The “Blancs-Matignon”, although an integral part of Guadeloupean society, remain relatively unknown. What is their origin ? How have they evolved over time? Who are they today? This documentary, directed by Michel Reinette and Mariette Monpierre lifts the veil on this community, to go from myth to reality.
Behind this name, “Blanc Matignon”, which seems to designate part of the white element of the population of Guadeloupe, the directors wanted to tell a human adventure engendered by the colonial era in the West Indies and in Guadeloupe in particular.
Michel Reinette and Mariette Monpierre take us to the heart of a community, present in the Guadeloupe archipelago since the 18e century and which, because it did not mix (or very little) with the other components of local society, stood out.
This community still exists today and its members have a stronghold, located on the territory of the commune of Moule, about forty kilometers from Pointe-à-Pitre, in the Grands Fonds region.
The Blancs-Matignon live in the Grands-Fonds region
Fleeing the repression against the slave owners, after the first abolition of 1794, these former colonists of European origin withdrew into a steep and difficult to access region.
The first of them, Leonard Matignon says “The Creuse”, gave his name to all those who accompanied and followed him. They made roots and their descendants do not go unnoticed.
Extract from a civil status certificate concerning Léonard Matignon
Today, apart from their origin and the color of their skin, these “Blancs-Matignon” do not have much in common with the Békés of Martinique or the Blancs pays de Guadeloupe, often of noble descent, large landowners landowners, who to this day have a central role in the economy of the West Indies.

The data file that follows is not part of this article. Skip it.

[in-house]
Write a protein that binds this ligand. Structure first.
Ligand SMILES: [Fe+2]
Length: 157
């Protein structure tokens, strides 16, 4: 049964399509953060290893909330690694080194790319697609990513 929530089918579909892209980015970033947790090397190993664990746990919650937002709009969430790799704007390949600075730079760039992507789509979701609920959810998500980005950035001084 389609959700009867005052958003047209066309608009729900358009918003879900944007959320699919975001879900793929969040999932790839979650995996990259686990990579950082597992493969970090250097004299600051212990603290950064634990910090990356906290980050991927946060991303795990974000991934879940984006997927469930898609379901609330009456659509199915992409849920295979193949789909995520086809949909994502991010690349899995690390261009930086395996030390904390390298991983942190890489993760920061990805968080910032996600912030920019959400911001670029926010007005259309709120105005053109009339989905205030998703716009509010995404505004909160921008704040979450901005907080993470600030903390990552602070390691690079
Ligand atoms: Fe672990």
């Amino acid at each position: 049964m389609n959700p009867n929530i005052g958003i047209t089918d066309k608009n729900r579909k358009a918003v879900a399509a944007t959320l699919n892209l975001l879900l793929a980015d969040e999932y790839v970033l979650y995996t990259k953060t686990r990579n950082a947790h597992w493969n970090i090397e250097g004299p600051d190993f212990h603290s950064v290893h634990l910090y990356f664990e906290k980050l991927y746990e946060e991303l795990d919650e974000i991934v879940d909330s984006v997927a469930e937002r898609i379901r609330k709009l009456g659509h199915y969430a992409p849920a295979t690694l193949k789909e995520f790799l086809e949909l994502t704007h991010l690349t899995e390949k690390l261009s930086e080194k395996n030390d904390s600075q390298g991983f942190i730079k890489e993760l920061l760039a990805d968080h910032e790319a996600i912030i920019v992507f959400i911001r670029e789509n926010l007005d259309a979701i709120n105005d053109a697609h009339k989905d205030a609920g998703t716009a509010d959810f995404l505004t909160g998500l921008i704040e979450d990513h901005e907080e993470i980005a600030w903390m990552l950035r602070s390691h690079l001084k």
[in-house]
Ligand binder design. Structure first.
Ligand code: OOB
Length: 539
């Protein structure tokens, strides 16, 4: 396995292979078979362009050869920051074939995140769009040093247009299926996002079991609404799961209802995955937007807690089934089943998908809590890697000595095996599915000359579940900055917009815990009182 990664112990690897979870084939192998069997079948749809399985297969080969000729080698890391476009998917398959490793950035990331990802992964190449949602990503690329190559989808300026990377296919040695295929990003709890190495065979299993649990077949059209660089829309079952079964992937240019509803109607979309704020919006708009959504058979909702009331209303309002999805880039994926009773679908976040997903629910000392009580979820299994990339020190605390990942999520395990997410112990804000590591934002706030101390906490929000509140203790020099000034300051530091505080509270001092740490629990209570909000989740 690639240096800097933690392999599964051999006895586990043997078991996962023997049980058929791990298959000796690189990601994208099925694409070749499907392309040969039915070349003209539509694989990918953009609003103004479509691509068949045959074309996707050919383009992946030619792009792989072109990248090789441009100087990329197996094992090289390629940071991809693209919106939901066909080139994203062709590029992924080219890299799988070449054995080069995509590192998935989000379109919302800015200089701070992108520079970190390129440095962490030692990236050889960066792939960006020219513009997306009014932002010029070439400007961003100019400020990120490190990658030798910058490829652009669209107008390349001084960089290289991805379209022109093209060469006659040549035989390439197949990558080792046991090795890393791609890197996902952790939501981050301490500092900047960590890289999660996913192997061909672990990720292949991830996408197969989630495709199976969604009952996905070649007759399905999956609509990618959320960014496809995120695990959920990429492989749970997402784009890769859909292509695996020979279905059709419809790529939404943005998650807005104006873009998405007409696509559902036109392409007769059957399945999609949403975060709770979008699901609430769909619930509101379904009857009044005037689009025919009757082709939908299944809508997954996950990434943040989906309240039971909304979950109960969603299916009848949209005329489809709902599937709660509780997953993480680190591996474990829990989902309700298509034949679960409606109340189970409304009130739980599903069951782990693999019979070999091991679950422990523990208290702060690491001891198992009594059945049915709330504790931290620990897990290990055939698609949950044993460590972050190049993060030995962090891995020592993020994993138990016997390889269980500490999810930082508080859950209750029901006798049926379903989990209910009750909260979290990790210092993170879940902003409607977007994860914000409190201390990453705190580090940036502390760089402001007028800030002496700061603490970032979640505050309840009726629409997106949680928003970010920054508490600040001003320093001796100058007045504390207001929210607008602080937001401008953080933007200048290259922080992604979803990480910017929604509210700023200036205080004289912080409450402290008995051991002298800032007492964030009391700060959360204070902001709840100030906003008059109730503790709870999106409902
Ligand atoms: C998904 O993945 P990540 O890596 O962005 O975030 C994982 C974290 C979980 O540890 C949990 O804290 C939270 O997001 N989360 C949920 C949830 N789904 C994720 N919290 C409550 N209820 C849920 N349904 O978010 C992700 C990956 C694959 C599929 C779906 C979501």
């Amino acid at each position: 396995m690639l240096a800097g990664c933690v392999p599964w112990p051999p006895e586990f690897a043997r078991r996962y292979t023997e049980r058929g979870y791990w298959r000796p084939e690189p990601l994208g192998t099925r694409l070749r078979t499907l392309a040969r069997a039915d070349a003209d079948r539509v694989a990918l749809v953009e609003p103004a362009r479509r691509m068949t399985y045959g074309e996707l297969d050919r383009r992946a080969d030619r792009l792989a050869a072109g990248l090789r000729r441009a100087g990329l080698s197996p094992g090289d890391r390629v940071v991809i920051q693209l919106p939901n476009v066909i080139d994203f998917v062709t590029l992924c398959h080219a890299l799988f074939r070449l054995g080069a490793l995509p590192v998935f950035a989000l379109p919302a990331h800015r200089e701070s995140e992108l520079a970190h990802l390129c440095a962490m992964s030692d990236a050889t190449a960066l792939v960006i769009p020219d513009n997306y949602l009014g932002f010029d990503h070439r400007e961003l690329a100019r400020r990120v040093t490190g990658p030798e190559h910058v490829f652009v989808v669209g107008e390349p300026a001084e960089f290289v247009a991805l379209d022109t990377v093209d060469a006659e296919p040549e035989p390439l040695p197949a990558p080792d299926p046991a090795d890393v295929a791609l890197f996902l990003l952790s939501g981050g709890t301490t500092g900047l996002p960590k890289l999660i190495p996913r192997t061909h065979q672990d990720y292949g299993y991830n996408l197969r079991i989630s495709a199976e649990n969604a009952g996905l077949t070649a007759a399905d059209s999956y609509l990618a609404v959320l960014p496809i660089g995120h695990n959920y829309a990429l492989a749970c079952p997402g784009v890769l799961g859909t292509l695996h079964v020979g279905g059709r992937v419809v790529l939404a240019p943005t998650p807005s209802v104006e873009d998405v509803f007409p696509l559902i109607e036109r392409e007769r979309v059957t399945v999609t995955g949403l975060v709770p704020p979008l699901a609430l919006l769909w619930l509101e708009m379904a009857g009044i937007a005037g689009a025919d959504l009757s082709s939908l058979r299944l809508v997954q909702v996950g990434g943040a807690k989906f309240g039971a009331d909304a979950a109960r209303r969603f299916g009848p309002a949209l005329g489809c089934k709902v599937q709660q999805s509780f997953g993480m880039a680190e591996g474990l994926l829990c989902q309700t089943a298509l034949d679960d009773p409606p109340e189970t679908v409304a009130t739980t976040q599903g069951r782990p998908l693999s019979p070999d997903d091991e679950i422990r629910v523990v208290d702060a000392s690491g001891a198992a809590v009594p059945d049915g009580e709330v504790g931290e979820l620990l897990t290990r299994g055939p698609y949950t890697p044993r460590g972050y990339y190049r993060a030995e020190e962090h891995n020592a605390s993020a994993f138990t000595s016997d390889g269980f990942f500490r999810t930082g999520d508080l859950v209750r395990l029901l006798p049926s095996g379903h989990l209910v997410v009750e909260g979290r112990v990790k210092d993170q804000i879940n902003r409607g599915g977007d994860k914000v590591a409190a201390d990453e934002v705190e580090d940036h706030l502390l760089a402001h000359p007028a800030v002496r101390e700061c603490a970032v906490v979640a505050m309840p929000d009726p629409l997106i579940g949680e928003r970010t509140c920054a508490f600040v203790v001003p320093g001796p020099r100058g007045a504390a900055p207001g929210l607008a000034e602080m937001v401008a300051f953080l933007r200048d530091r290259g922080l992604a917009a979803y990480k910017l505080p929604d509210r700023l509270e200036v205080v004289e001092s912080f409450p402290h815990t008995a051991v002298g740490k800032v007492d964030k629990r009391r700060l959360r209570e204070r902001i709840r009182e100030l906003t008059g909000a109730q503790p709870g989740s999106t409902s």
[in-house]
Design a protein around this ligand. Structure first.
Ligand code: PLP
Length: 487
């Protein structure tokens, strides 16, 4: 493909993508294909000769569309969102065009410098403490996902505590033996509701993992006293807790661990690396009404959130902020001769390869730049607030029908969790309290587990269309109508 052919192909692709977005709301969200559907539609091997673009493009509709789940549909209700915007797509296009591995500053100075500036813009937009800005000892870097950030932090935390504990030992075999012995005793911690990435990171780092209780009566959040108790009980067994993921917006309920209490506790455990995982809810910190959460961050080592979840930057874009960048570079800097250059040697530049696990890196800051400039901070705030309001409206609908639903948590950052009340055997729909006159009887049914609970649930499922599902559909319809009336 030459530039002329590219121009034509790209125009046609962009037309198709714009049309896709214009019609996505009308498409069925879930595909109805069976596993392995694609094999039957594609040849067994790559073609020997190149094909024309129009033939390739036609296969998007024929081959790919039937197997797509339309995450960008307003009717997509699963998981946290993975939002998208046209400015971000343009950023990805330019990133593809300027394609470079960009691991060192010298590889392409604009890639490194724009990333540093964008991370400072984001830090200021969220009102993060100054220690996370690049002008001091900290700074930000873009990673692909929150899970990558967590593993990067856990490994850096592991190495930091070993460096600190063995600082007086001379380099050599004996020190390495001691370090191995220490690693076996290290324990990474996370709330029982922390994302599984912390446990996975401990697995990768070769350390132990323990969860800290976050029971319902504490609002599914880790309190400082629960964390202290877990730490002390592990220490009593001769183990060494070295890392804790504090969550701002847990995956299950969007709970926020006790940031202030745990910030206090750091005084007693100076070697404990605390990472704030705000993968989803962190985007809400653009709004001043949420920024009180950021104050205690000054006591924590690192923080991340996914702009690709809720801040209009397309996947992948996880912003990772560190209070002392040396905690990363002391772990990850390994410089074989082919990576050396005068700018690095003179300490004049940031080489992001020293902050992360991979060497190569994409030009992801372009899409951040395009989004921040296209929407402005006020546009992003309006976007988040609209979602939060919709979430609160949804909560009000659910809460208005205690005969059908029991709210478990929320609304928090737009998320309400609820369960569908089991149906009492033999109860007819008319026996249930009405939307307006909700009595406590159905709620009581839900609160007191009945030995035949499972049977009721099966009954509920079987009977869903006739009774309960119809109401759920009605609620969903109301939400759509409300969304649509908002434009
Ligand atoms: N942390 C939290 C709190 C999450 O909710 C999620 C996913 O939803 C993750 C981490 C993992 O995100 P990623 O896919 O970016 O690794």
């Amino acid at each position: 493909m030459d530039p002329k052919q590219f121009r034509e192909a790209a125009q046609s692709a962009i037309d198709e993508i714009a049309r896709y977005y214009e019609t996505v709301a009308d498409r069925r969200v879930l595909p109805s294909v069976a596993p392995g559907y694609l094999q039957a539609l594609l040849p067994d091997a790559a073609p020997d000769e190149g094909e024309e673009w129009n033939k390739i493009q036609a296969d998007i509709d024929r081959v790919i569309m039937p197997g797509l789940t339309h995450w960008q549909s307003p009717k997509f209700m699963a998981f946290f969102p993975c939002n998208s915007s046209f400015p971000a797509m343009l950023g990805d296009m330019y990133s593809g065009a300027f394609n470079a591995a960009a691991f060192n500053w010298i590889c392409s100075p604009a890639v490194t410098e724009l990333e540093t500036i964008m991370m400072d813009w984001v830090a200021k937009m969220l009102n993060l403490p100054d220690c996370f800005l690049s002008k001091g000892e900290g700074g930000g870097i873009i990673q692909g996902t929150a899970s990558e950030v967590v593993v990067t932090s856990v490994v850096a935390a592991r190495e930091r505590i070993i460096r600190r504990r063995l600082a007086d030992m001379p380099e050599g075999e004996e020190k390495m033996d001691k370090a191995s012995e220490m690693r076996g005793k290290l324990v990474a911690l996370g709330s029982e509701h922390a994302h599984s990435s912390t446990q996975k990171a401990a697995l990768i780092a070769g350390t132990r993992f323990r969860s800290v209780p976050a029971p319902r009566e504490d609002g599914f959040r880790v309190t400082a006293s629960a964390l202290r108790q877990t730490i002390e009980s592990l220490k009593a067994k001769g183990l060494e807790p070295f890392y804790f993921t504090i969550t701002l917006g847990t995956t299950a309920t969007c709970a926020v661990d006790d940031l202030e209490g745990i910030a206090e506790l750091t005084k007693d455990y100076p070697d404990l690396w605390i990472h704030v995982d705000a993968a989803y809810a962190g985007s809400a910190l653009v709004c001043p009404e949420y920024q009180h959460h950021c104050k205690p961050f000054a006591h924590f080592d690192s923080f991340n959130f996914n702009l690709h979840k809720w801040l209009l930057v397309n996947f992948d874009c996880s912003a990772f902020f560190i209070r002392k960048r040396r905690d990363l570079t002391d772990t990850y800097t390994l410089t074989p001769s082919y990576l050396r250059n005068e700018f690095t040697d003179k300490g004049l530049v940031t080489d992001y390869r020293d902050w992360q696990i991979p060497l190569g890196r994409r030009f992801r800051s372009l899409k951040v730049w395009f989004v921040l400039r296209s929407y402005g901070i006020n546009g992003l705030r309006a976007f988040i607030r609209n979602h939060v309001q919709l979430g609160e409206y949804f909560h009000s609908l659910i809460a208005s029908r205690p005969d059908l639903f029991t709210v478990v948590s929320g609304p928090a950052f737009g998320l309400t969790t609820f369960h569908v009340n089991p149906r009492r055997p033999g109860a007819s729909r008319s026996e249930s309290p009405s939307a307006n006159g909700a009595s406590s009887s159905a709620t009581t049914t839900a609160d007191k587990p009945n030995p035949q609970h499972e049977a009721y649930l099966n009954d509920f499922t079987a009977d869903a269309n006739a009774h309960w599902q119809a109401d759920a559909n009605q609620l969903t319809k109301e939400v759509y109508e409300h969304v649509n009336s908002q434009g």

Moreover, the “Blancs-Matignon” are designated as “little whites “. For more than two centuries, they have lived isolated and poor, in complete discretion, which has encouraged fantasies about their identity. They remain unknown and secret of reputation.
Jocelyn Akwaba Matignon and Estelle-Sarah Bulle have a “Blanc-Matignon” parent in common.
The personal stories of Jocelyn Akwaba Matignon and Estelle Sarah Bulle are intimately linked to Blancs-Matignon. The documentary filmmakers rely on these two smugglers to “approach” the community with them.
The artist-painter Jocelyn Akwaba Matignon comes from this community, through her mother; his father was a black man from Pointe-à-Pitre.
Jocelyn Akwaba Matignon has lunch with her uncle Pierre-Jude Boucher, her mother’s brother
The writer, Estelle-Sarah Bulle, in her first novel “Where the Dogs Bark by the Tail” evokes the Grands Fonds and his grandmother Estelle-Eulalie whose rhizomes are in the region. She goes in search of photos and information on this “Blanc-Matignon” grandmother whom she did not know.
Estelle-Sarah Bulle while visiting her aunt Adose hopes to find information about her grandmother
Achievement : Michel Reinette and Mariette Monpierre
Narrative : Greg Germain
Duration : 52 mins
Production : Ax Sud, with the participation of France Télévisions